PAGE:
The most innovative coaches are learning ways to incorporate analytics into their game plan to gain a competitive edge against their opponents. Coaches who have implemented analytics have not only found success on the field but off the field as well.
Take Coach Chandler Tygard for example. The 35-year-old was recently hired as the Head Coach at Blackman High School in Murfreesboro, Tennessee, one of the top public high schools in the state. Coach Tygard credits the adoption of analytics and utilizing tools such as EdjVarsity with helping him land the job.
“Honestly, I couldn’t have done it without you guys (EdjVarsity). My analytical philosophy and ability to think differently is exactly what got me this job. They interviewed 14 candidates and there were over 100 applicants and… our administration really, really wanted it and believes in what we are doing.” Tygard said.
Thinking differently was something Tygard did as a player. He says he was “never an unbelievable football player” and always looked for what could give him an edge. Tygard began his career as a Grad Assistant for the University of Tennessee football program under Lane Kiffin and Derek Dooley before moving on to the University of the Cumberlands and Missouri Southern State coaching position groups. Since then, he has served as the DC at Notre Dame (TN), OC at Ravenwood (TN) and OC at Madison Academy (AL) before taking over as HC at North Jackson HS (AL).
“…I’ve noticed in coaching; we all came up in the same trees and everybody thinks the same. We coach the same way we were taught, they coached the same way they were taught, so it trickles down to where everybody thinks the exact same.”
From this perspective, Coach Tygard felt adopting analytics could give him an advantage over programs that hadn’t taken the leap and it would allow him the ability to make more calculated decisions. This would buck the conventional trends that most coaching mentors would have passed down. Using analytics to influence decisions would seemingly go against a coach’s muscle memory. But according to Coach Tygard, it all boils down to common sense.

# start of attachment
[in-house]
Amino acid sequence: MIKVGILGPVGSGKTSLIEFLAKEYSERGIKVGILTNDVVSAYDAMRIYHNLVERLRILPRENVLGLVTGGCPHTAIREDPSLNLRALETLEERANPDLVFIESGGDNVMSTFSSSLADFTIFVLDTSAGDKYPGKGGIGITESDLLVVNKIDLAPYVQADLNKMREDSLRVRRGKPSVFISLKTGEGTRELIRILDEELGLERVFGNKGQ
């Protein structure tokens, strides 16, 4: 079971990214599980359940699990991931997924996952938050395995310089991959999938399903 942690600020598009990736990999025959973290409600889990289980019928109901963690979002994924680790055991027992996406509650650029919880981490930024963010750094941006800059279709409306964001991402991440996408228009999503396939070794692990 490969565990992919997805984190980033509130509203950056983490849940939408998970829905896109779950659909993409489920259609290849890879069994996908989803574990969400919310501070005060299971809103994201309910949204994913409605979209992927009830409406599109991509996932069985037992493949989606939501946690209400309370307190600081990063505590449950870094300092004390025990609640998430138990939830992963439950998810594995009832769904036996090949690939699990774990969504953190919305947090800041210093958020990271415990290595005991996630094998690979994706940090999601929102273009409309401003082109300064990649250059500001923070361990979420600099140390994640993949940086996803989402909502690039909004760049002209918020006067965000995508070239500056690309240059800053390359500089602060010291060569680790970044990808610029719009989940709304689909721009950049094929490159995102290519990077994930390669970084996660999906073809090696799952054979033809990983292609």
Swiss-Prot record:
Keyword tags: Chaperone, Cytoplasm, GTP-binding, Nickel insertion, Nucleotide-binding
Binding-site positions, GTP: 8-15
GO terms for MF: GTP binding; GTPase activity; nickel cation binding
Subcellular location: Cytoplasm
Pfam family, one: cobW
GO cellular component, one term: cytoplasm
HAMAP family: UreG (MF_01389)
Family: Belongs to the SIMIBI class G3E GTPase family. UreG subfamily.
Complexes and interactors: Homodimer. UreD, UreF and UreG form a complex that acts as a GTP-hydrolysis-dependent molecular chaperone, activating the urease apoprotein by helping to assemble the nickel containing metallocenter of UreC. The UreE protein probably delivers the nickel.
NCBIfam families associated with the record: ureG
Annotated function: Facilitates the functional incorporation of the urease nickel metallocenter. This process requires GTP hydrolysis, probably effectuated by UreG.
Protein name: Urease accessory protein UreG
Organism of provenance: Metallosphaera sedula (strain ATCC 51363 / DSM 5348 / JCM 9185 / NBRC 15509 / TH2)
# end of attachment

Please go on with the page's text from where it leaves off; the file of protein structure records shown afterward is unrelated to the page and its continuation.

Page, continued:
“When I present this (football analytics), the first thing I say is that I’m not a math person, I’m a commonsense person. If someone could bring something to me that could win more games by doing this, I’m all about it and want to listen. I don’t take every idea when someone presents that kind of stuff, but when you hear ‘you are going to win more games if you just do this stuff’, that’s common sense to me.”
Coach Tygard has embraced analytics and the EdjVarsity platform. He knows it’s a new way of thinking but has been able to get buy in from his coaches and players. Using EdjVarsity’s interactive software, he is able demonstrate the impact of critical plays and coaching decisions throughout the course of a game on an app. This allows him to quickly and effectively identify the most impactful plays of every game in the context of win probability – whether it’s a penalty, turnover or key 3rd down conversion early in the game. EdjVarsity has the ability to help programs easily identify those moments.
But the best part of utilizing the EdjVarsity app for Coach Tygard comes from the play calling aspect. EdjVarsity is not a tool designed to tell you what to do, but it helps coaches look at their options and provides win-probability context to play-call decisions.
“The best part for me is that I know on 1st down where we are going to go for it on 4th down. So, we even changed the way we coach the quarterbacks. On 3rd and 10 he’s not necessarily trying to get 10-yards which is what I taught in the past. We are okay with taking check downs because we know that we are going to go for it on 4th and 4 or less (based on the EdjVarsity analysis).”
Using analytics has helped Coach Tygard develop a better understanding of situational football. However, it doesn’t take away the art of coaching. Coaches will always rely on instincts and observations in any given matchup. Using the customized analytics of EdjVarsity, which takes in to account the relative strengths and weaknesses of each opponent, Coach Tygard has the advantage of making more calculated decisions.
“Just because we cross the 50 that doesn’t mean we are going for it. Because in that position if you have a punter who can pin it inside the 5-yard line maybe that’s more advantageous (then going for it). So we take so many more things into account as opposed to saying we are only going to do this, or we are never going to do this.”
Coach Tygard takes this mindset with him in his first-year leading the Blackman High School football program.
Best of luck this season Coach Tygard and Blackman Football! Watch the full video interview with Coach Tygard here: